“Second Thoughts” Disability Rights Group Opposes Assisted Suicide in MA

by The Center for Bioethics and Culture on March 6, 2012

By Wesley J. Smith, J.D., Special Consultant to the CBC

Disability rights activists are indomitable opponents of legalizing assisted suicide and an essential constituency in the diverse and broad-based coalition that opposes the death agenda. Now, a new DR organization has been founded to fight against the pending Massachusetts initiative that could bring legalized assisted suicide to the Bay State. From the press release:

Disability rights activists from across Massachusetts will speak today before the Massachusetts legislature’s joint Judiciary Committee in opposition to a ballot question that would legalize assisted suicide. The activists are members of the recently formed group, Second Thoughts: People with Disabilities Opposing the Legalization of Assisted Suicide. . . “Second Thoughts is a group of disability rights activists and organizations who believe that assisted suicide is a dangerous mix with a broken, profit driven health care system,” said John Kelly, the group’s director.

“Economic and family pressures can make elderly and disabled people feel like they’re a burden,” said member Karen Schneiderman. “Under those conditions, how can a choice to commit suicide be considered a free choice?” Schneiderman said that “I don’t believe that Massachusetts voters want to pass a law that discriminates against old, ill and disabled people by singling them out for assisted suicide, while young, healthy people get suicide prevention services.” Kelly stresses that the proposed law lacks safeguards to protect elders and other vulnerable populations from abuse. “An heir can help make the request, sign as a witness and pick up the prescription. Once the lethal drug is in the home, no one will know if it’s taken voluntarily. If the person changed their mind, if they struggled, who would know?”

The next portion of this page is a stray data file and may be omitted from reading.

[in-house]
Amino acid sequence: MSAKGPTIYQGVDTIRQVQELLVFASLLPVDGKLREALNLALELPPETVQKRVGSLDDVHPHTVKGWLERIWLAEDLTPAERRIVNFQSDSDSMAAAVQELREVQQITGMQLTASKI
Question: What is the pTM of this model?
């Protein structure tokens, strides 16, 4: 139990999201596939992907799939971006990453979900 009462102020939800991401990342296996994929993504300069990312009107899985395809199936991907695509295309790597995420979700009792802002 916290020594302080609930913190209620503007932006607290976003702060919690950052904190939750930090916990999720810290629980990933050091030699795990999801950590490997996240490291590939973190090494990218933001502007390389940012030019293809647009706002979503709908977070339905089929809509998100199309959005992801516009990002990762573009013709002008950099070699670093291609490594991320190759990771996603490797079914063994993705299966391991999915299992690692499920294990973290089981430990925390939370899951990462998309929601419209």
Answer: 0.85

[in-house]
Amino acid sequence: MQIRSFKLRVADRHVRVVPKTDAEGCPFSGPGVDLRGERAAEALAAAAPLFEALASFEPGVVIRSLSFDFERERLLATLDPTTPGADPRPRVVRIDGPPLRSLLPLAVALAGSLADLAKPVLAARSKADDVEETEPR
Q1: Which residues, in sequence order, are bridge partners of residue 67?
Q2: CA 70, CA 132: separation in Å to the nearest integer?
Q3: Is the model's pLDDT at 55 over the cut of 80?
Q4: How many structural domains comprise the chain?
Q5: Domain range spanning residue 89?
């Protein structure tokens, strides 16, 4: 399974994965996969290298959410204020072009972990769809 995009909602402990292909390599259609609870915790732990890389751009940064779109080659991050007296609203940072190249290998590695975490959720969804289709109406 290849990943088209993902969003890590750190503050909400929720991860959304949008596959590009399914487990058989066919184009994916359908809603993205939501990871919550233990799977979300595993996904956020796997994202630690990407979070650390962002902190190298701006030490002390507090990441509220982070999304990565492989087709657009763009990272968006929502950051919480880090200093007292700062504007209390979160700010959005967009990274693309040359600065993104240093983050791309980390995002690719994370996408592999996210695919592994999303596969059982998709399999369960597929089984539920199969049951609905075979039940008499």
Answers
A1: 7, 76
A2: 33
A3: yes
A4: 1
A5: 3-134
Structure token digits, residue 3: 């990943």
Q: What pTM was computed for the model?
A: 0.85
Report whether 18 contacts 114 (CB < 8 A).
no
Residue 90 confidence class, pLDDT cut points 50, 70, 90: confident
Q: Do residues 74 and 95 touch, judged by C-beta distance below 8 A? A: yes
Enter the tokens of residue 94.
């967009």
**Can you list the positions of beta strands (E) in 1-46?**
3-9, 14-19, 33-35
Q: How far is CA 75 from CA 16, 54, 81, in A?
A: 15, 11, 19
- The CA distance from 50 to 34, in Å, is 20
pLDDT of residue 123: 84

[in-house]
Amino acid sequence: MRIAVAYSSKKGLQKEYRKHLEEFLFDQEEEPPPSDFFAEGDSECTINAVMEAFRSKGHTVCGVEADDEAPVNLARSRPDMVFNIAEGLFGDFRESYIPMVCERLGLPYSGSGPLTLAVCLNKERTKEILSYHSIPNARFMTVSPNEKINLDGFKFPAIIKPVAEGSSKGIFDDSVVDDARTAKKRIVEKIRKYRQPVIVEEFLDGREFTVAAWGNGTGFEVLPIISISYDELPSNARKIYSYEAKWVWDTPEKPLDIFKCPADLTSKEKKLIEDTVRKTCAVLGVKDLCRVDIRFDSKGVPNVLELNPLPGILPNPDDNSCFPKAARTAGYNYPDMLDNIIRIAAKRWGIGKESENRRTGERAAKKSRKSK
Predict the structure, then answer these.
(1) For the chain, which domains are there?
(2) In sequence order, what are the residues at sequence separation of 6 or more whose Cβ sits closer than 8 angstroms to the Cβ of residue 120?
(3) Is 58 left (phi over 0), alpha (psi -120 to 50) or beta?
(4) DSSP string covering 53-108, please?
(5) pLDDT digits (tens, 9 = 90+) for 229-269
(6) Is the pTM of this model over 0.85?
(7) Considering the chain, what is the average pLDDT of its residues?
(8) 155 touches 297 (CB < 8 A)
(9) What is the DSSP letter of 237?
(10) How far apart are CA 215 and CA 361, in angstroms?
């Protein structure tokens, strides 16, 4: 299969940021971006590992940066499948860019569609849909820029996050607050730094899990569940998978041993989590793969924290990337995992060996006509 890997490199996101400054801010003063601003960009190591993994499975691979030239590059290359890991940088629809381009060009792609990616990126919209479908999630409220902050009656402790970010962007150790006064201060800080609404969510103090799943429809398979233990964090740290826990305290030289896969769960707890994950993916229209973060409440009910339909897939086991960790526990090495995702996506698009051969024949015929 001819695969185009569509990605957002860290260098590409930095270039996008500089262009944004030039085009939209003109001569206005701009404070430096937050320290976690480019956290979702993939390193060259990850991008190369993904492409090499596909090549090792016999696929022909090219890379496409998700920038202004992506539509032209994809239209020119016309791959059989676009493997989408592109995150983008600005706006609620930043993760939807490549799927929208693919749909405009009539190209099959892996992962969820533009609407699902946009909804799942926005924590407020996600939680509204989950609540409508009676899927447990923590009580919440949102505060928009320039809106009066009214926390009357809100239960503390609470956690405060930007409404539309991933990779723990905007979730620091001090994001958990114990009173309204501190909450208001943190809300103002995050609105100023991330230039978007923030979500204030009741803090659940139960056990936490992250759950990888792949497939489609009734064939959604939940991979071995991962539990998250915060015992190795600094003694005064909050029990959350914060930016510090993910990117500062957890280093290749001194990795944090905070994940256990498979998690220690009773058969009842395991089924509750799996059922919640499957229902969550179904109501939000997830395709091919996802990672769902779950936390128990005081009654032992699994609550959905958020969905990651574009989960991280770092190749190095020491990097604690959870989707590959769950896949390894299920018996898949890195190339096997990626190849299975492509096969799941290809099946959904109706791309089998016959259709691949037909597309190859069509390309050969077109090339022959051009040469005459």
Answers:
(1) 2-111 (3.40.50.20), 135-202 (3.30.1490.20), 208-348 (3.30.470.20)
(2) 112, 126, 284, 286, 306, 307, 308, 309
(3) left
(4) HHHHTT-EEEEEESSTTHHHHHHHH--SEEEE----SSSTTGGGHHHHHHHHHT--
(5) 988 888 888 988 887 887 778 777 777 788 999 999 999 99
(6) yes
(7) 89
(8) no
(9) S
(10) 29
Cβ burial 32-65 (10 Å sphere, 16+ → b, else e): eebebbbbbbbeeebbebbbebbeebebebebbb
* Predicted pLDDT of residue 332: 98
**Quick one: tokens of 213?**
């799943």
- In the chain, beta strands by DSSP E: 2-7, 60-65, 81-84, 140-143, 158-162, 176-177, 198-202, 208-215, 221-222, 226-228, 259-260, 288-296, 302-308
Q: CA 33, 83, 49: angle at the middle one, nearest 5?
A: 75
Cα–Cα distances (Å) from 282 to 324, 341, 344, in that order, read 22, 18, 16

Media like to portray assisted suicide opponents as primarily religious or pro life. But the facts don’t fit that supposed story. Disability rights advocates — who are mostly politically liberal and secular in outlook — are essential part of the anti-assisted suicide coalition, as are medical, nursing, and hospice professionals, few of which oppose abortion. In any event, go Second Thoughts!

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